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Sad eyes? You may have a highly arched palate.

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darkindigo
(@darkindigo)
Posts: 1028
Topic starter
 

Yep.

 
Posted : 28/02/2019 1:37 pm
darkindigo
(@darkindigo)
Posts: 1028
Topic starter
 

A highly arched palate can slope the eyes down so they look sad.  Why do we associate eyes sloped outward as sad?  These people are friggen crying all the time.  High palate > bad airway > messed up sleep > messed up brain > crying all the time.

You’ll see this in after photos sometimes where a gap between the central incisors is closed…. but not always… Just if the arch width is shrunk down / palate shot up.

I confirmed this.  This relation between high palate and sloped eyes is confirmed.  It was my own personal observation and yes… it is confirmed.

 
Posted : 28/02/2019 1:40 pm
Bogdar
(@bogdar)
Posts: 78
 

So basically IMV increase with back tongue Mewing should improve the eye tilt right?

Does the palate decrease in height while increasing in width?

Any experimenters who achieved better IMW to confirm? 

 
Posted : 01/03/2019 2:20 am
darkindigo
(@darkindigo)
Posts: 1028
Topic starter
 

It’s the position of the palate, not just its height.  Upward pressure can push it up into nasal cavity.

 
Posted : 01/03/2019 3:09 pm
PaperBag
(@paperbag)
Posts: 257
 

Sounds accurate based on my own case, but how is this even fixable? High arch = less ability to gain correct tongue posture and pushing it upwards could be detrimental anyway. Combine that with torus palatinus and getting any change outside of surgery seems next to impossible.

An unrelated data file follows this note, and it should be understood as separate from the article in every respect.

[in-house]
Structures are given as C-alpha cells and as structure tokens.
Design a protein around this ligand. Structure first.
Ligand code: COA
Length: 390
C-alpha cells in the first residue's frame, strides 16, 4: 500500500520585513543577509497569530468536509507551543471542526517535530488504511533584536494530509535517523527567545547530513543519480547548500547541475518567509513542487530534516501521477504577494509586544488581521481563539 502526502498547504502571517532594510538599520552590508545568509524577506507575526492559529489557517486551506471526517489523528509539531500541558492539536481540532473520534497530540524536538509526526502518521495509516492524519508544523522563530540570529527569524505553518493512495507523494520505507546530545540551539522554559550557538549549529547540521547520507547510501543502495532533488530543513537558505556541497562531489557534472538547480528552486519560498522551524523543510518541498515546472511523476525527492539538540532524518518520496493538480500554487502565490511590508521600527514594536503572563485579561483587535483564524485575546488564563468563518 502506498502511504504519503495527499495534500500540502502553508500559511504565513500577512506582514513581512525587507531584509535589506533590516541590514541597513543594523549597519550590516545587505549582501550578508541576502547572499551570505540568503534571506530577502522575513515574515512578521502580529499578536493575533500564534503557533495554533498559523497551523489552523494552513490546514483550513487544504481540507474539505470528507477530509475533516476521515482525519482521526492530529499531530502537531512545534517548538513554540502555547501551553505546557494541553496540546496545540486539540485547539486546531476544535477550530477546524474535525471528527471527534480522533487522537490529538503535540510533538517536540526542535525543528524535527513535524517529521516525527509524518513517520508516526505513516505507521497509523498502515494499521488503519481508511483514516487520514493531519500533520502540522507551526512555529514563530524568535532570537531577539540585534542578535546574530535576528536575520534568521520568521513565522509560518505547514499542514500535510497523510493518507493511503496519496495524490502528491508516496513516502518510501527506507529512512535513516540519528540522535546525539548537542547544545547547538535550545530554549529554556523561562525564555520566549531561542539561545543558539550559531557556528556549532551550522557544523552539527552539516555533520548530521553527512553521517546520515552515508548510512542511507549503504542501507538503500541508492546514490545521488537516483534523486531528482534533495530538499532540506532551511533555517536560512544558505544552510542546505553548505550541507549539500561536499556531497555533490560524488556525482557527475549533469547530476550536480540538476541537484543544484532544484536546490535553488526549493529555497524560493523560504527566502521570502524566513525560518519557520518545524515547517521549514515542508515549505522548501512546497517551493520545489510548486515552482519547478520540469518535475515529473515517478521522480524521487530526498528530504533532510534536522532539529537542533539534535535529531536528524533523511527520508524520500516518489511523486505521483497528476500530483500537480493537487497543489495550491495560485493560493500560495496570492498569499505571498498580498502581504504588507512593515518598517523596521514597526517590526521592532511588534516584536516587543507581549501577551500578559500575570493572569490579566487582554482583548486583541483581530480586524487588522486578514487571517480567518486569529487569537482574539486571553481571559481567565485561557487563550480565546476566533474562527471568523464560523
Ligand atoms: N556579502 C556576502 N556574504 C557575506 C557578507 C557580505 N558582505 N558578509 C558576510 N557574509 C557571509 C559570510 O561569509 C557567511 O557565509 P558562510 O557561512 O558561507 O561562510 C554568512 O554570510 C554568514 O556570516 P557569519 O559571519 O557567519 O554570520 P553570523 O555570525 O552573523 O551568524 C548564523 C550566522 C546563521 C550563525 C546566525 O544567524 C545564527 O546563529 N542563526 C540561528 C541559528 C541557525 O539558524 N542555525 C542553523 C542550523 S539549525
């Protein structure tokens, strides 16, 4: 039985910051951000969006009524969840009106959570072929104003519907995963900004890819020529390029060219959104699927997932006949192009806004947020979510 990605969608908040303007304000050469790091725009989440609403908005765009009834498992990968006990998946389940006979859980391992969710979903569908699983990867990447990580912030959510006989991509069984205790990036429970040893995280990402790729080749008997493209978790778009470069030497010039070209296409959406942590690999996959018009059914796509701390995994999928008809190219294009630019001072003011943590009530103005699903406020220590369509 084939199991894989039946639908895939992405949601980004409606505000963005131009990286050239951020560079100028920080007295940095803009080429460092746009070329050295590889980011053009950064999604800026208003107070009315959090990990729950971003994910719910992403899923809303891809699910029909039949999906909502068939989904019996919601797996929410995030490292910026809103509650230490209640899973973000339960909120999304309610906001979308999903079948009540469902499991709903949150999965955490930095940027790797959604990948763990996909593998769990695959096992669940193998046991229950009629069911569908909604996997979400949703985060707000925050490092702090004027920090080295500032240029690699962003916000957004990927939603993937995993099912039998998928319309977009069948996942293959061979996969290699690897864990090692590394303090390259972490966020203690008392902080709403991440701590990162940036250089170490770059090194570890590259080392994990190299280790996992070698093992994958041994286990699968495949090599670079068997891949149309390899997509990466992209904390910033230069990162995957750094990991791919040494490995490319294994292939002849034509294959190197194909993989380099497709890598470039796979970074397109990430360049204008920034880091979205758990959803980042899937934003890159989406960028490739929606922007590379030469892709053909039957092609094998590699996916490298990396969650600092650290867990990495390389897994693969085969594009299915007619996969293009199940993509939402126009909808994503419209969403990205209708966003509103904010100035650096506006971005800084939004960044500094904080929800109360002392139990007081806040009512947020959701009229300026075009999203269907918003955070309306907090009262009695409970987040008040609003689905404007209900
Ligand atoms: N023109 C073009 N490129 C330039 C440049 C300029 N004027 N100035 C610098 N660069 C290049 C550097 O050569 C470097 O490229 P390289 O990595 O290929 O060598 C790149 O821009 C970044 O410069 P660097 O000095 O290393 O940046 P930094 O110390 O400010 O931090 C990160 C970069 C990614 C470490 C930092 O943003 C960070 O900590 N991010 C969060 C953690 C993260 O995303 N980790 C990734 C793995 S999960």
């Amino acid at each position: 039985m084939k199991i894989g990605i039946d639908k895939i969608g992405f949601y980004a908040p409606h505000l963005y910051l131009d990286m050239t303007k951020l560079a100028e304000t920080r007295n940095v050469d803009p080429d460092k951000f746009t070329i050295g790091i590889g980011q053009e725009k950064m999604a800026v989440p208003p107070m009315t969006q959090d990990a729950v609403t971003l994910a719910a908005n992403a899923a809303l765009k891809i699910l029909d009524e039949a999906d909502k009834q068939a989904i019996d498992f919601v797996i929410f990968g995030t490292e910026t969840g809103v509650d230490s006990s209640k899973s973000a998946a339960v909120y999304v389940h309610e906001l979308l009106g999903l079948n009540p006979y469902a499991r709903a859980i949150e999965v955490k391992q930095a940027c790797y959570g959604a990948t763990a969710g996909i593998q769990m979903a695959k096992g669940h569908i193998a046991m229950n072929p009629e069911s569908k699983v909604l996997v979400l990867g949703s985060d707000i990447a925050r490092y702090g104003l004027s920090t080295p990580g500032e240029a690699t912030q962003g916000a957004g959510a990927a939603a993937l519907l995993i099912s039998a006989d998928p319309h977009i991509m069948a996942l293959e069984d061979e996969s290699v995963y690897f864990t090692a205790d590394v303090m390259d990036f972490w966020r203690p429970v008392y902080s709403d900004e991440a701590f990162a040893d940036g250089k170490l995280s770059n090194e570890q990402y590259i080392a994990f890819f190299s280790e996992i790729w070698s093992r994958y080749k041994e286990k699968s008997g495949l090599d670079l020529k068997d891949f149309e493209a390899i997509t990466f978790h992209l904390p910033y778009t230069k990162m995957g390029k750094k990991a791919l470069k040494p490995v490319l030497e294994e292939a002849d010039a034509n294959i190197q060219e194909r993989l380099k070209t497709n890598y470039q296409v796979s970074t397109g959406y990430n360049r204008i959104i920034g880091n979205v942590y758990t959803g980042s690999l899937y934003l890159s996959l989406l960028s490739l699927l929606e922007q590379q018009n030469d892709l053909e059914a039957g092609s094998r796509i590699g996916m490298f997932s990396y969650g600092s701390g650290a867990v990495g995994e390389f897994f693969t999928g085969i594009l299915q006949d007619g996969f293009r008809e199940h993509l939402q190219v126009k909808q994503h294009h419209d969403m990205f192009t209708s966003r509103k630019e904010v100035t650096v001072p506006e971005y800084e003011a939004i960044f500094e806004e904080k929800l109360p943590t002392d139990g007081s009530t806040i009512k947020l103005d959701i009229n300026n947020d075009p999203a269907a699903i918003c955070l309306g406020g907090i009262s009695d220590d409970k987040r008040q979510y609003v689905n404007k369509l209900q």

Posted : 01/03/2019 4:09 pm
sinned
(@sinned)
Posts: 423
 

I think it’s more to do with recession and the lack of eye support, but a recessed person does have a high arched palate. I’m pretty recessed but have a positive canthal tilt so there’s genetics as well.

 
Posted : 01/03/2019 6:43 pm
darkindigo
(@darkindigo)
Posts: 1028
Topic starter
 
Posted by: PaperBag

Sounds accurate based on my own case, but how is this even fixable? High arch = less ability to gain correct tongue posture and pushing it upwards could be detrimental anyway. Combine that with torus palatinus and getting any change outside of surgery seems next to impossible.

I’m going to try and invent something.  What is close is Vivos and Sue Lee.

 
Posted : 01/03/2019 8:00 pm
PaperBag
(@paperbag)
Posts: 257
 

Neither Vivos or Sue Lee replied when I contacted them, multiple tries for Vivos and a “we’ll call you back” promise that lead into them not even answering the phone anymore. A lot of Canadian offices who supposedly offer DNA/Vivos don’t have a single mention of it on their website, I wonder if they had to discontinue using it or something.

I remember reading that torus palatinus can be caused by jaw clenching, and bruxism can be caused by poor jaw/tooth positioning, so these problems mercilessly stack on top of each other.

 
Posted : 01/03/2019 8:13 pm
darkindigo
(@darkindigo)
Posts: 1028
Topic starter
 
Posted by: sinned

I think it’s more to do with recession and the lack of eye support, but a recessed person does have a high arched palate. I’m pretty recessed but have a positive canthal tilt so there’s genetics as well.

Typically recessed has good eye support.  When brought forward, it can get squinty.  See link at bottom of my post on how to grow an awesome face (that post is slightly dated).  At that external link, you’ll see DIY pitch for moving maxilla forward.  Scroll to bottom and look at before/after.  A move forward squinted the eyes. Look up wisdom teeth and eye pain.

 
Posted : 01/03/2019 8:14 pm
haesslicherspast
(@haesslicherspast)
Posts: 10
 

The problem is low cheekbones paired with a prominent brow ridge. I have a similar problem. People with high, protruding cheekbones usually have better-supported eyes and look less tired and more youthful. You can have all the maxillary forward development you want, if your cheekbones aren’t up and forward (& wide enough) as well, your eyes will always look tired, sad and rejecting. A prominent brow ridge makes it much more obvious because it makes the middle third (especially the cheekbones) look even less developed. For this reason, people with less prominent or no visible brow ridge look more balanced and appealing – at least to me. If you have a strong brow ridge, you also need good cheekbones and forward growth. Balance and proportions are key, if somethig is off – that’s called an ugly face.